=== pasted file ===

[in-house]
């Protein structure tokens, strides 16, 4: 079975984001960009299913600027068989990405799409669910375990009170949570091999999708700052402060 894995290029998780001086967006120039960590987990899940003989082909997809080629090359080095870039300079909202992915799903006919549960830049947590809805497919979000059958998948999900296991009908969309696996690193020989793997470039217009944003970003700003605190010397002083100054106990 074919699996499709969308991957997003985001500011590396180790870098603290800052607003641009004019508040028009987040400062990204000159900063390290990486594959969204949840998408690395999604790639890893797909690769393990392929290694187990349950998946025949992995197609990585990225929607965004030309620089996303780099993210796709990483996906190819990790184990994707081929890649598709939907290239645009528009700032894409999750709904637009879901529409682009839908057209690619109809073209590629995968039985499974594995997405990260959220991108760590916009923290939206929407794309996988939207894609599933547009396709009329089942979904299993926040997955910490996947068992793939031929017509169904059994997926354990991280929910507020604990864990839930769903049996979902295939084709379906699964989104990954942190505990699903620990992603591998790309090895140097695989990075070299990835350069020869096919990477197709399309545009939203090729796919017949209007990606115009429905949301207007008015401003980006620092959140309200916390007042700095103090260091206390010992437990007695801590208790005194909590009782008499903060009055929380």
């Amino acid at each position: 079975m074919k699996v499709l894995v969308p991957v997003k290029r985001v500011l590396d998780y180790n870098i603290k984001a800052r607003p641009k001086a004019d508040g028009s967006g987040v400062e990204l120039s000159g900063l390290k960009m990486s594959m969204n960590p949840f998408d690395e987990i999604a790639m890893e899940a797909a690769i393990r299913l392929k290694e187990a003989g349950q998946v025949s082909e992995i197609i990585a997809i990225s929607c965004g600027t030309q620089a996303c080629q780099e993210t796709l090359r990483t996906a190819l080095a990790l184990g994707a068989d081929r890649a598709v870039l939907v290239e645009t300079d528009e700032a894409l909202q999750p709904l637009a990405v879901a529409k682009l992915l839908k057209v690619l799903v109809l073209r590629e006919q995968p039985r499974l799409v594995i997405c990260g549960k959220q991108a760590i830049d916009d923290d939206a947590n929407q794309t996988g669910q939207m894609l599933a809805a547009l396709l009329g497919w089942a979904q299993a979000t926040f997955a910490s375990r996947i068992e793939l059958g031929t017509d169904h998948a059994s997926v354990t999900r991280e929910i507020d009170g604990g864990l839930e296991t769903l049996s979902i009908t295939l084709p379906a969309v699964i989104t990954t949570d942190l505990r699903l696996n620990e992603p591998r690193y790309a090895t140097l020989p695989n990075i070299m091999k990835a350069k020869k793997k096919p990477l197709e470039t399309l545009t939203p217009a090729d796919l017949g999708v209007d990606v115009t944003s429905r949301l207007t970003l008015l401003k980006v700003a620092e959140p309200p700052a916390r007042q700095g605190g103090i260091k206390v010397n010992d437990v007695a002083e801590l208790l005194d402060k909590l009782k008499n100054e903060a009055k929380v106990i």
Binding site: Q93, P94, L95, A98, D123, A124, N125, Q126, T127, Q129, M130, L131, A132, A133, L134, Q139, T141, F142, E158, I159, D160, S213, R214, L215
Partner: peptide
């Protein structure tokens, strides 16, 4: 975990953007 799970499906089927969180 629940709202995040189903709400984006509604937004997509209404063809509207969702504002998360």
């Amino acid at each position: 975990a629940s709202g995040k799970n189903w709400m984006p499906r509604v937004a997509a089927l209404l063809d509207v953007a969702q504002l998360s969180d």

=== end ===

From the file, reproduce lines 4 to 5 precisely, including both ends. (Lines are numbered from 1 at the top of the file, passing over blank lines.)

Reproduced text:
Binding site: Q93, P94, L95, A98, D123, A124, N125, Q126, T127, Q129, M130, L131, A132, A133, L134, Q139, T141, F142, E158, I159, D160, S213, R214, L215
Partner: peptide